Religious Orientation Scale (AUROS) than females (M=56.31, SD=5.93). Table further
illustrated that males scored higher (M= 117.27, SD= 19.01) on Mental Health Inventory (MHI)
as compared to females (M= 108.65, SD= 8.29) among academician’s sample. (Higher MHI
index showed absence of psychological distress)

7. Discussion and Conclusions


This study explored effect of intrinsic religious orientation on psychological well-being
and extrinsic religious orientation on psychological distress among academicians. Past studies
revealed that higher the scores of an individual’s extrinsic religious orientation, the higher would
be psychological distress of that individual (Kawa & Shafi, 2015). However, the current study
demonstrated (table 2) that extrinsic religious orientation positively correlated (r= .29) with
psychological distress among academicians. Present study hypothesized that intrinsic religious
orientation positively co-related with critical thinking among academicians. Table 2 results
demonstrated that intrinsic religious orientation positively (r=.66) related to psychological well-
being among academicians. Literature research found that psychological well-being was
positively correlated to intrinsic religious orientation and negatively corelated to extrinsic
religious orientation (Alandate & Valero, 2013).
The study examined the relationship between extrinsic religious orientation and critical
thinking among academicians. The present study found negative association (r=.43) between
extrinsic religious orientation and critical thinking among academicians as depicted in table 2.
Religion could be beneficial for psychological well-being, especially when fully internalized as
seen in intrinsic religious orientation. The present study further investigated the relationship
between intrinsic religious orientation and critical thinking among academicians. Table 2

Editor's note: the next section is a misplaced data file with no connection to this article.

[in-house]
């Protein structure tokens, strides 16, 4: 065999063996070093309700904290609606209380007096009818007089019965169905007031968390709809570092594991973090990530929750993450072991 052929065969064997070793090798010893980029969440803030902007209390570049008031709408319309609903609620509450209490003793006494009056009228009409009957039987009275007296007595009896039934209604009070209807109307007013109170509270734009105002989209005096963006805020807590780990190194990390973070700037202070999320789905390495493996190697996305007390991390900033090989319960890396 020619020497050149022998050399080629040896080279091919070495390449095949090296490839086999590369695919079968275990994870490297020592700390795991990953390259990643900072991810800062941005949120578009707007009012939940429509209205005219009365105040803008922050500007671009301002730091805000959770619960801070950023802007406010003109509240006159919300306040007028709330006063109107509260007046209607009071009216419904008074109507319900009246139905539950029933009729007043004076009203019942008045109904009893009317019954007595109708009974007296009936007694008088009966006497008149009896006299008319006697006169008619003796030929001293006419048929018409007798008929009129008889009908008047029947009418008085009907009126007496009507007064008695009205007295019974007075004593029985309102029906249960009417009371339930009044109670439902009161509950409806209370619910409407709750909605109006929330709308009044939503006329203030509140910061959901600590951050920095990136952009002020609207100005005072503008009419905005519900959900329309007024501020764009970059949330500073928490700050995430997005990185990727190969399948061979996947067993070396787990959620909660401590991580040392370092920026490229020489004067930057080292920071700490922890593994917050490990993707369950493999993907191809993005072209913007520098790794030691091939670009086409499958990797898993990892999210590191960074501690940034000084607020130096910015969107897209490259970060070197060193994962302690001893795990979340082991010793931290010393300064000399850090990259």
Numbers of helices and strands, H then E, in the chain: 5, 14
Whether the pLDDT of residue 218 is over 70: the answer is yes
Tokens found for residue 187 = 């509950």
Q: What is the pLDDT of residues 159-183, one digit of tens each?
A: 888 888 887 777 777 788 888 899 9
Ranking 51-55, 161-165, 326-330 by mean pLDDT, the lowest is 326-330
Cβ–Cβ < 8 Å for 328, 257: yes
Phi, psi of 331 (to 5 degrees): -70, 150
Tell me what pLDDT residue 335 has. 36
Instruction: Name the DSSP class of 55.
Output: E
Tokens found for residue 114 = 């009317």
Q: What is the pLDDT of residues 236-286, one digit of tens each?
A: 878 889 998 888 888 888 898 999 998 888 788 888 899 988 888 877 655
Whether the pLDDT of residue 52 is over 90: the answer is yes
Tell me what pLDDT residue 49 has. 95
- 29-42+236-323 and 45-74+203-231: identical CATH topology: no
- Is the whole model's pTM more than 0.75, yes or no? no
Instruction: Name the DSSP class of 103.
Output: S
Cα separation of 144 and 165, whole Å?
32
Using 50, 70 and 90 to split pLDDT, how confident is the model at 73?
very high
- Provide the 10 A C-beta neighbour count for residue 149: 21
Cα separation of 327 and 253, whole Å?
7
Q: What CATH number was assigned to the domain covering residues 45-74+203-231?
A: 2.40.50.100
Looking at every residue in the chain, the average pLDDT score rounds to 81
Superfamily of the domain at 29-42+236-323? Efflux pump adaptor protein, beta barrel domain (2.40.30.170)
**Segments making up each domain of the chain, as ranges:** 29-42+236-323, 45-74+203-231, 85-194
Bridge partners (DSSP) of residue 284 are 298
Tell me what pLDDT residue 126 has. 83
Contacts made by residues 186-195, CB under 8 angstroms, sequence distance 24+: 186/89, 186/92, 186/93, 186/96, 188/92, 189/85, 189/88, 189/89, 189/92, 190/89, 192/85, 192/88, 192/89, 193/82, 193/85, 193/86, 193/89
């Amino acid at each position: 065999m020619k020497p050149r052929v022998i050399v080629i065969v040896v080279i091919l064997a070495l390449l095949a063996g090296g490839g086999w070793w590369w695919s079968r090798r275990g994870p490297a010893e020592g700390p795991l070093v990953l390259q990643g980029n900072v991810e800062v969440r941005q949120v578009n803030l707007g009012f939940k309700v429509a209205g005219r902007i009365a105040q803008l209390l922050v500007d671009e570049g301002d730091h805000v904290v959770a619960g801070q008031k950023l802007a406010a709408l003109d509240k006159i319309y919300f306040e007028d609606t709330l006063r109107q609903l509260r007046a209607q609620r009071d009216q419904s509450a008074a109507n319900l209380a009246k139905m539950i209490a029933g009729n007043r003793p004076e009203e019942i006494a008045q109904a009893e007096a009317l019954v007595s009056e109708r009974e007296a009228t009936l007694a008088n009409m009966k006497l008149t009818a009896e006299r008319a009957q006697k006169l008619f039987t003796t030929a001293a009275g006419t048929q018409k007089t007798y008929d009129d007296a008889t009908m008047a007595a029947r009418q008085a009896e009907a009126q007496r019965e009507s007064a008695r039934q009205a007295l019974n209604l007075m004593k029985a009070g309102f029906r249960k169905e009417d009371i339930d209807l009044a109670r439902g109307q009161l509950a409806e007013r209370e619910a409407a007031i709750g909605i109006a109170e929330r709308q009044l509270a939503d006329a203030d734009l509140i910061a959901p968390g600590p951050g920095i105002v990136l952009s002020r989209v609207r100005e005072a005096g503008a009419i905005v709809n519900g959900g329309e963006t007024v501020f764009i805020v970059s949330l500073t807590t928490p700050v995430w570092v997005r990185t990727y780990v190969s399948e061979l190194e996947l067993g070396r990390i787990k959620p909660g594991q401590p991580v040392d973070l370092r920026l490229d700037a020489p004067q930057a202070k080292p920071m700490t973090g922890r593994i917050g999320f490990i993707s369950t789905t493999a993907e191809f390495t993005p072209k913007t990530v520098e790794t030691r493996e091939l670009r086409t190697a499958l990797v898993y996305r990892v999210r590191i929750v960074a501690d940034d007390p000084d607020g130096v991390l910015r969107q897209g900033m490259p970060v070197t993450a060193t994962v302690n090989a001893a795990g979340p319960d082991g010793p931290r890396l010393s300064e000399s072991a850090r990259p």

illustrated that intrinsic religious orientation positively correlated (r=.31) related with critical
thinking among academicians.
Research gives an insight on the how different factors correlate and interact with critical
thinking ability. Present study investigated the correlation between psychological distress and
critical thinking among academicians. Present study also investigated how psychological distress
effects critical thinking among academicians. Literature provide negative association between
psychological distress and critical thinking (Rood, Roelofs, Bogels, & Alloy, 2009). Findings of
current study as in table 2 explored negative correlation (r=-.75) between psychological distress
and critical thinking among academicians. The study further aimed to explore how psychological

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well-being effects critical thinking among academicians. As table 2 depicted that psychological
well-being positively correlated (r=.23) with critical thinking among academicians.
The study in question clearly provided evidence that extrinsic religious orientation has
negative effects on mental health (psychological well-being) and critical thinking. The study
examined the gender differences in religious orientation, mental health issues and critical
thinking among academicians. Previous researchers found that for all types of mental health
problems, these are more common in women than men.
Table 3 further illustrated that men score higher (M= 117.27, SD= 19.01) on Mental
Health Inventory (MHI) as compared to women (M= 108.65, SD= 8.29) among academician’s
sample. Present research investigated the gender differences on scores of critical thinking among
academicians. Present study hypothesized that there is no gender differences observed between
males and females academicians in critical thinking. Results from table 3 depicted that men
score (M=20.13, SD=2.51) higher on Watson-Glaser Critical Thinking Appraisal (WGCTA)
scale than females (M=16.79, SD=1.85). Hypothesis 5 did not support by current findings.

8. Limitations
1. The sample of the study was limited to Islamabad only with a sample of 150, which
limits the scope of research findings.
2. Another limitation of the study is that the measures used in present study were self-report
inventories. Self-report measures can be subjective so participants may be motivated to
respond in ways that are not completely truthful.